Tuesday, February 4, 2014

Geometry: Study of Lines, Part One

Last week we began the study of lines with a presentation on points, lines, surfaces and solids.  The boys have continued to make progress on their study of lines.  First they learned about straight and curved lines.  We began with a sensorial experience of straight and curved lines by feeling the edges of square and circle from the geometric cabinet.


Next, they worked together on an exercise in which they sorted the perimeter cards (the thin outline cards) from the geometric cabinet.  I bet you thought you'd never use those again after primary!  I had to get ours out of the basement.  I made labels which state "figures limited by straight lines" and "figures limited by curved lines."



The boys sorted the figures in a kind of mad-dash fashion.  I was a little surprised and overwhelmed when it happened.  So, next I made them return the cards to me one at a time stating each time "The _______(name of shape) is limited by straight/curved lines" as appropriate.


 Next they needed to learn that a line has infinite length.  We do this with string.  I held blue yarn in my hands with extra yarn bunched up and hidden in both hands but with the visible yarn held taut.  I asked, "What am I making." The boys answered, "A line."  I showed them that I could continue to make the line longer and longer and stated that, "If I could stretch far enough the line could go on and on to infinity."

I held the taut yarn in many positions (over my head, under my rear end, horizontally, vertically, etc.,) and then the boys took a turn doing so.

I tossed the yarn onto the rug and we observed that the shape is now curved.  Then the boys took turns tossing the yarn.  We made a list of objects in our environment that are limited by straight and curved lines.



I drew them on the board.





The boys drew them on paper, labeled the lines, and then labeled the phrases with their grammar symbol stencils.  They store things like this in work binders we keep on a shelf in the school room.


Next we explored this idea with the box of sticks.  I let them each find a straight line and a curved line.  We changed the position of the lines on the table many times to observe that they remain straight or curved in all positions.




The next day we explored the parts of a straight line.  We started by reviewing the difference between straight and curved lines with the blue string.  The blue string has found its home in one of our geometry drawers so they can use this to explore at will.  Above they are demonstrating a straight line, below a curved line.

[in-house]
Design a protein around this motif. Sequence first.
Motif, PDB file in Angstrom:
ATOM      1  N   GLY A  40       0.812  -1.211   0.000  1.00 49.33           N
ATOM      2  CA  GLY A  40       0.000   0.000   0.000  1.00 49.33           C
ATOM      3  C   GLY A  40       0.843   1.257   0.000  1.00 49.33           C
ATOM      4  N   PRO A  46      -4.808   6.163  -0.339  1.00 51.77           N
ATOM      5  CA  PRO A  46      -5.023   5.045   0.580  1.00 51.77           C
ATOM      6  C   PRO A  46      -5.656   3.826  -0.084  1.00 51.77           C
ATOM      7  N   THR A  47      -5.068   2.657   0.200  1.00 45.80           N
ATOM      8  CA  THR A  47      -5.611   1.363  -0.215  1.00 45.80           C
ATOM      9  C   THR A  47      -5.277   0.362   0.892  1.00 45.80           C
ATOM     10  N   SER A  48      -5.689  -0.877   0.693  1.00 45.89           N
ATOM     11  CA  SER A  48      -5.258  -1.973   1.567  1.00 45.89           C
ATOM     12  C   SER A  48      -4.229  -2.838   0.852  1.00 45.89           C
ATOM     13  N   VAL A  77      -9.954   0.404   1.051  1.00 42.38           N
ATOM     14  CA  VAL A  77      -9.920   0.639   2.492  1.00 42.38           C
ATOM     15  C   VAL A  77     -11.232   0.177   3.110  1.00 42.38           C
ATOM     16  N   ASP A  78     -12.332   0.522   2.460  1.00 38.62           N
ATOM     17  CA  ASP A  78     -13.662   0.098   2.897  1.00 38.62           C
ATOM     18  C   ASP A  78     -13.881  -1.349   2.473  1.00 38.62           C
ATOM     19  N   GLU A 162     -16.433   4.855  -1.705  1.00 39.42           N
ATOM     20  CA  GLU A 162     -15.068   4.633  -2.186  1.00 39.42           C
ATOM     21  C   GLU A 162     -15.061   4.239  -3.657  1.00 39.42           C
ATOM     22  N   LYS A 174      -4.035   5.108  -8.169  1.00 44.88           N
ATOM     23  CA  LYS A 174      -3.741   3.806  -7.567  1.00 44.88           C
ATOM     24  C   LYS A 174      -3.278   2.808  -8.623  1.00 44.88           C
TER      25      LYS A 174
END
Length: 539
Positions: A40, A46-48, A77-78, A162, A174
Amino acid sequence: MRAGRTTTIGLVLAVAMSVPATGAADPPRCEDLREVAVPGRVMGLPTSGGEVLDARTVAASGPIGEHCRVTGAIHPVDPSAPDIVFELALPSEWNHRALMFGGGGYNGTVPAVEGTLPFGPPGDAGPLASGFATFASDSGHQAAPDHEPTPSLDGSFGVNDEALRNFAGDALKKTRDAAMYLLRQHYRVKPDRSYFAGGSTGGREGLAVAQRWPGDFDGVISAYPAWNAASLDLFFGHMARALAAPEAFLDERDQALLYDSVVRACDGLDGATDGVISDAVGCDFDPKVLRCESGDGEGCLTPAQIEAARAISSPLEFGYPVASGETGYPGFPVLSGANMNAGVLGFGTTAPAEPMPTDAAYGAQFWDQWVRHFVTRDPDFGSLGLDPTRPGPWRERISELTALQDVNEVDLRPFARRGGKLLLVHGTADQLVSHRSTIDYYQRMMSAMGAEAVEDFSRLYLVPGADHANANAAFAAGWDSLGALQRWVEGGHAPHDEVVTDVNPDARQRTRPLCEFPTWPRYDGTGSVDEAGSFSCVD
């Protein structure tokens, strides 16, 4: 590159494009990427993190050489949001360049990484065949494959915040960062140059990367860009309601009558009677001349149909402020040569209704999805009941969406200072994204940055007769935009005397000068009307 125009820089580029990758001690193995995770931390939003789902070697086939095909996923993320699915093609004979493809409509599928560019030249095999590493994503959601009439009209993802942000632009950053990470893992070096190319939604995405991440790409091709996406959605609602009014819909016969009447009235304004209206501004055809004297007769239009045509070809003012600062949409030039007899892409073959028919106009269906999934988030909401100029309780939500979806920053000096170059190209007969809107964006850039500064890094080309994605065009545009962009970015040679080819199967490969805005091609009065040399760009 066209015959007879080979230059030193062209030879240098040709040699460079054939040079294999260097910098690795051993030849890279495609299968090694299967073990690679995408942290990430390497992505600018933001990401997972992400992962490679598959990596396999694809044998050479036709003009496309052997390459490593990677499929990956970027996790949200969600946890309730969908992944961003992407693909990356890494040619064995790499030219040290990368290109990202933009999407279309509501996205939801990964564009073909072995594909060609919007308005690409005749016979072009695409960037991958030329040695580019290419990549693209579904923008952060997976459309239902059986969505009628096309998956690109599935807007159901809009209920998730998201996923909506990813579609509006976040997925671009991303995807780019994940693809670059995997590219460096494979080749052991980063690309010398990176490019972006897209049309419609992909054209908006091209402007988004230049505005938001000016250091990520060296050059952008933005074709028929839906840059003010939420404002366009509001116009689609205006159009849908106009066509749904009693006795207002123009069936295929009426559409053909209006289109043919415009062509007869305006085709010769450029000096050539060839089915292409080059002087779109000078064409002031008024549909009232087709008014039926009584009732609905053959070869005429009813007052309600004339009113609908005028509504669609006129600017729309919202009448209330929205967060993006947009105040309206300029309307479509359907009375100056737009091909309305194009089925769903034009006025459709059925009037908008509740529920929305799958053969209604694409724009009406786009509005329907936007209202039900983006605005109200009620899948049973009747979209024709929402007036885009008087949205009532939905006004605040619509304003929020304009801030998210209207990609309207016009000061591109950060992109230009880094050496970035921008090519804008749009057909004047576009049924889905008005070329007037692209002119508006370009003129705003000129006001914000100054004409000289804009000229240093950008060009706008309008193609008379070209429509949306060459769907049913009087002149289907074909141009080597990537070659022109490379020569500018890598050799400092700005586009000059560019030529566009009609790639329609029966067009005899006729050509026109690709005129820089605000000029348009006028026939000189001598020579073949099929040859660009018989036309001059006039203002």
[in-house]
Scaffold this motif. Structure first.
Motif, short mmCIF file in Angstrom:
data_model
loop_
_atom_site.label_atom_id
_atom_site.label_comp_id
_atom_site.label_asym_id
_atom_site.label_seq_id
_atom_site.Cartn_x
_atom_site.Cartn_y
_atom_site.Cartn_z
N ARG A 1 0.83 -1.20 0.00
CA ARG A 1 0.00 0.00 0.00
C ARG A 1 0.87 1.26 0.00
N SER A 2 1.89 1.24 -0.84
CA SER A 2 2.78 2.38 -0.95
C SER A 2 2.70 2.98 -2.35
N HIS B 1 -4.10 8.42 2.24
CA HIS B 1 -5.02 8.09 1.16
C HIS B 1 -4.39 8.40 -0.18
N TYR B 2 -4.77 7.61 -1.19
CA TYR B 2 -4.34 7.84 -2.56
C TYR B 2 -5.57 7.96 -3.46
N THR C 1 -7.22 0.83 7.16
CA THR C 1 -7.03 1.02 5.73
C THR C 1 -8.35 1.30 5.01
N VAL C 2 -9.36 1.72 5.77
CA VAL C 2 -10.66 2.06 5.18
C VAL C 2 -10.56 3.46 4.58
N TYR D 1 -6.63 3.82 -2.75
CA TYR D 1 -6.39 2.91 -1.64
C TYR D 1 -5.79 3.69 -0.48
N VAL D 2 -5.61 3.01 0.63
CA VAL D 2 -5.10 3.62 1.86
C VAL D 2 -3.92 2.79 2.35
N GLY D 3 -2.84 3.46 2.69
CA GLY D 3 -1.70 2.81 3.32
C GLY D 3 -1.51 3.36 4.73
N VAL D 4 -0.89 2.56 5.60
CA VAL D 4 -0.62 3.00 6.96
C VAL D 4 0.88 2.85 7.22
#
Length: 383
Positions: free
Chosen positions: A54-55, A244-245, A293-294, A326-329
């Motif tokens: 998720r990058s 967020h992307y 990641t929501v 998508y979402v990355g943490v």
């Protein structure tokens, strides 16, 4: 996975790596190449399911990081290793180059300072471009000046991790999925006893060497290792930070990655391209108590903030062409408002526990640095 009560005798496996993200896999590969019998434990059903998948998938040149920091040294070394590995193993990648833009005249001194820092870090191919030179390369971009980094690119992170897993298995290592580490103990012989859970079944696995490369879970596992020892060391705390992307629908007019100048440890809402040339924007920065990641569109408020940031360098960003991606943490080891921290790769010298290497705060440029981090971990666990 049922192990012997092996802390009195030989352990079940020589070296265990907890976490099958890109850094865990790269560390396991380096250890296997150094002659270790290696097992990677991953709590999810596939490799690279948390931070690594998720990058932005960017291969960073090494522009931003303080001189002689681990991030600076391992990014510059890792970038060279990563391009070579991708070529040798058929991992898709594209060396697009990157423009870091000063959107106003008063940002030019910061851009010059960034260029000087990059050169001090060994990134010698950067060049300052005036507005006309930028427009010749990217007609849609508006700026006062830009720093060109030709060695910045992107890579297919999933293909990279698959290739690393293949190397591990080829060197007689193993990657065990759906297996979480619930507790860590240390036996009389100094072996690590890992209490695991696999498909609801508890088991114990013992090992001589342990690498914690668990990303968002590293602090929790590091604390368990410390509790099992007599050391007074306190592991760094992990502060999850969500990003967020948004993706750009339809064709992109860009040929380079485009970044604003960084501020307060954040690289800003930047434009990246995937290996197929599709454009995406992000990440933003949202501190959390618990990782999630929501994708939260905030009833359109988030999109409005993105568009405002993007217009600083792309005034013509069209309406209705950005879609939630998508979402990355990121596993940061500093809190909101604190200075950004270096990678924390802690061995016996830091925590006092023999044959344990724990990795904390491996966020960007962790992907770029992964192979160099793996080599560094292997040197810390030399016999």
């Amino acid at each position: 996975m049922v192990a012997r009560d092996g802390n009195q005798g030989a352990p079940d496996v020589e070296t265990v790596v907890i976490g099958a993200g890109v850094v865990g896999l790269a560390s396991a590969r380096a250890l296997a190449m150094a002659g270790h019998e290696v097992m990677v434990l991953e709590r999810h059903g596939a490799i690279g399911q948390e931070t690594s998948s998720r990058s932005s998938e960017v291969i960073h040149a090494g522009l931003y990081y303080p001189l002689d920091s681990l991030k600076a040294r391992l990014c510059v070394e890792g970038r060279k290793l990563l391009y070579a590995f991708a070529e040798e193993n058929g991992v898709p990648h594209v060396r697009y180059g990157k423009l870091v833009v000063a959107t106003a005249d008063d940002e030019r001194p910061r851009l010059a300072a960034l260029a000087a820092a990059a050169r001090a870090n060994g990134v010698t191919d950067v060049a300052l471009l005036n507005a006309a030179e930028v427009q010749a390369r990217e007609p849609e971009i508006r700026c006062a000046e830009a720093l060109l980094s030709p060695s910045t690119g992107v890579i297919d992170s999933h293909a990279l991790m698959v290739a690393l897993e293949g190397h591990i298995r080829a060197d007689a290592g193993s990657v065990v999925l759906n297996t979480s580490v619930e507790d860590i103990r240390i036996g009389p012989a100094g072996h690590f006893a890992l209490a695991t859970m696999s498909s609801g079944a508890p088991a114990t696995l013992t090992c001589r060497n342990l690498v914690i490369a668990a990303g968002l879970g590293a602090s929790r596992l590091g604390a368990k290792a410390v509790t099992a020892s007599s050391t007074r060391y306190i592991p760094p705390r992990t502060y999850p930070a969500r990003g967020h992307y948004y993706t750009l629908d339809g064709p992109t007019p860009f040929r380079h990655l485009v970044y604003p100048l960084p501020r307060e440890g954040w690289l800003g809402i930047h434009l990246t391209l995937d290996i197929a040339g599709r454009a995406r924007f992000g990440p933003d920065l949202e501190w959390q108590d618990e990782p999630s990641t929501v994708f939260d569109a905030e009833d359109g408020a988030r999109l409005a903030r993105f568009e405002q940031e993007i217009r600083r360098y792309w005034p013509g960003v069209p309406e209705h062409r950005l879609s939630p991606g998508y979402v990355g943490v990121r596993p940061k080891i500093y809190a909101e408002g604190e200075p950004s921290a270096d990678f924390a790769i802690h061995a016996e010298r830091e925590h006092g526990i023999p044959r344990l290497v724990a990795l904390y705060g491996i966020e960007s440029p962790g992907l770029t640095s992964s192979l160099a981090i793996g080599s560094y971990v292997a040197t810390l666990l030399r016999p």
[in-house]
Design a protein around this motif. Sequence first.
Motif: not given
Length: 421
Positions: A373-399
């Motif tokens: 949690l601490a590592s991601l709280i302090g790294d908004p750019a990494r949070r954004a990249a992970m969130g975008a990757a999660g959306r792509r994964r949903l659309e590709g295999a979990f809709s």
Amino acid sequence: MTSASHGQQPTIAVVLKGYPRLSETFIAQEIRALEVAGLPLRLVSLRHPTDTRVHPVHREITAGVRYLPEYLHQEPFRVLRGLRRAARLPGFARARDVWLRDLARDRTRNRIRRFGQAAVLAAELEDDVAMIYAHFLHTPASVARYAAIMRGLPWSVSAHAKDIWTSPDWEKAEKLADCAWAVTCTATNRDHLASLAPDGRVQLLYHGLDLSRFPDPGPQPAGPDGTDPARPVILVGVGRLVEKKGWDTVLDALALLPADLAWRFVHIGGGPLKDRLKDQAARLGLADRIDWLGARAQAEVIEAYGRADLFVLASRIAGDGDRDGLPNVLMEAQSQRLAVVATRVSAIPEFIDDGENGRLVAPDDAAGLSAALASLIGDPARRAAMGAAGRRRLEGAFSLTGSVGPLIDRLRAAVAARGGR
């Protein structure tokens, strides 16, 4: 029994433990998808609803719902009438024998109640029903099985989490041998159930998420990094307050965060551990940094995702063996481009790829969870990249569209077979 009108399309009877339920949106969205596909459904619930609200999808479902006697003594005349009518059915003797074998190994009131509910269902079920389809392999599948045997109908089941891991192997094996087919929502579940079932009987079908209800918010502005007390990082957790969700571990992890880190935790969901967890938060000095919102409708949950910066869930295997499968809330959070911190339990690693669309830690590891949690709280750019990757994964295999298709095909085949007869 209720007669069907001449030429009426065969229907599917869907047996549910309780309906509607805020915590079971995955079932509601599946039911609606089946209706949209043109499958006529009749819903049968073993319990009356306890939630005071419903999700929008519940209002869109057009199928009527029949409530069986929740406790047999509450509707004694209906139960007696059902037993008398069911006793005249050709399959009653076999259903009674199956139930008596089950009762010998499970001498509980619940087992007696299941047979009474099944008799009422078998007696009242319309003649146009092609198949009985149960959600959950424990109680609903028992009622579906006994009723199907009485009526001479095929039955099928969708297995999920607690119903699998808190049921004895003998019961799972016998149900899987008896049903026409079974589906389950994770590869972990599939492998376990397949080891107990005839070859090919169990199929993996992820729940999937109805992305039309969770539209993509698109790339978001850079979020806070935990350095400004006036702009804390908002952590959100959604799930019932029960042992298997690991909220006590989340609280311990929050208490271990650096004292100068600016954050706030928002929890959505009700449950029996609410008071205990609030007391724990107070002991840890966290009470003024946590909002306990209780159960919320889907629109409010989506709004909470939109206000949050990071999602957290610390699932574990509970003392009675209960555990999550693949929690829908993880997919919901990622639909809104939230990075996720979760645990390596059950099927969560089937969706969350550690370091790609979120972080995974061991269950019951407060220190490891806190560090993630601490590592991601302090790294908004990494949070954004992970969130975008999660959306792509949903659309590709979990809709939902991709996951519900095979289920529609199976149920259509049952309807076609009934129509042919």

Above is a diagram of the rest of the lesson.  It is important to note that there is always extra yarn or string hidden in the hands so that you can show which ends can still be extended to infinity. 


I drew examples on the board to familiarize them with the written symbols for these parts of a line.  And, as with the previous lesson, they drew, labeled and drew grammar symbols for the new nomenclature.

We are continuing our studies this week with the three-positions of straight lines (vertical, horizontal, and oblique).

6 comments:

  1. Cool post. I am going to have to employ those work binders in our classroom. T's cubby looks like your typical lower el cubby...stuff pouring out everywhere! Where did you find this lesson?

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  2. UGH. I can't stand the pouring out everywhere feature of young boys. The binders work well. Folders get out of control really fast. Now...If I could just do something about their desk and dresser drawers in their rooms....

    I'm using Mid America Montessori for Geometry, at least for now. I might transition into KotU or CD once we've transitioned as slowly and gradually as humanly possible I guess :)

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    1. You did say that about the Mid America Geometry albums didn't you. Sorry. I've decided to "save" geometry for a little later in the spring after we regain some traction in the physical geography, history, and botany areas.

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  3. I tried this comment earlier, and for some reason it didn't work. So I'll say first that I love the diagram - I was able to watch this presentation (from afar) in the lower el classroom and enjoyed seeing the interaction. Also, concerning the CD albums online - have you been able to access them from the site? I was going to look something up a couple days ago, and they were just....gone. Any ideas?

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    1. I know I used the online CD albums within the last ten days (because the album content itself often shows up on a search), however I have checked back several times in the past few days since you posted and they have disappeared from his blog. I would recommend contacting him. He might not even know they are down. Possibly the site that was hosting the file expired.

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    2. I did end up trying to both comment and send him a message. Thankfully, Abbie had very efficiently saved hers, unlike myself (who probably said in my HEAD to save them, and never did, and just remembered thinking to and considering it done - which may or may not have happened before!). I hope he is able to get them up, again, though because I am sure there are many people who depend on them! :) Loving your posts on geometry, by the way - another one of those subjects that isn't covered much in the early years of traditional school - at least not what we had used - so we will be having fun with geometry soon, and I will probably be piggy backing off your posts a little! :)

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